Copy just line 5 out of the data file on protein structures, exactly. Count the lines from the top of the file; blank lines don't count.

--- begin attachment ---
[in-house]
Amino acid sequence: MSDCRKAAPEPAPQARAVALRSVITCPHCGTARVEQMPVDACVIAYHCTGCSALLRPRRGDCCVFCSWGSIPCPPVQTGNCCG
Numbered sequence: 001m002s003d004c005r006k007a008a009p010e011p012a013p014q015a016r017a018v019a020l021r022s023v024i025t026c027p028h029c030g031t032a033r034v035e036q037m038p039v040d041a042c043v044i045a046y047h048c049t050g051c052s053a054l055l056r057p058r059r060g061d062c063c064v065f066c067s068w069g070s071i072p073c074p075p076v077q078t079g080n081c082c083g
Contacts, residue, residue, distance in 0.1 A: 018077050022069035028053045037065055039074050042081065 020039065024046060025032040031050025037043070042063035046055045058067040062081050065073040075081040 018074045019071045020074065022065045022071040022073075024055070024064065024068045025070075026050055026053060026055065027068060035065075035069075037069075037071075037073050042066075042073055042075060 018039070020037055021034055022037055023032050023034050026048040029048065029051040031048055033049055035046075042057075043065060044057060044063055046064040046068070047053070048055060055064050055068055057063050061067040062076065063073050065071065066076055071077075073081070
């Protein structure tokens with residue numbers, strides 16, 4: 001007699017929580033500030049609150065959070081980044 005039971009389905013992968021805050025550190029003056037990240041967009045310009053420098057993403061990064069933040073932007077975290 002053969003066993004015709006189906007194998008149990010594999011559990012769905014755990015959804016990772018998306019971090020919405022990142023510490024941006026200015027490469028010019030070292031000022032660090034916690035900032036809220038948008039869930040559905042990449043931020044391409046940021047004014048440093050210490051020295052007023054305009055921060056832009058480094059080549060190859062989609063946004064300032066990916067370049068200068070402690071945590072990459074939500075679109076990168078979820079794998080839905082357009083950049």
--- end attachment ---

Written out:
């Protein structure tokens with residue numbers, strides 16, 4: 001007699017929580033500030049609150065959070081980044 005039971009389905013992968021805050025550190029003056037990240041967009045310009053420098057993403061990064069933040073932007077975290 002053969003066993004015709006189906007194998008149990010594999011559990012769905014755990015959804016990772018998306019971090020919405022990142023510490024941006026200015027490469028010019030070292031000022032660090034916690035900032036809220038948008039869930040559905042990449043931020044391409046940021047004014048440093050210490051020295052007023054305009055921060056832009058480094059080549060190859062989609063946004064300032066990916067370049068200068070402690071945590072990459074939500075679109076990168078979820079794998080839905082357009083950049």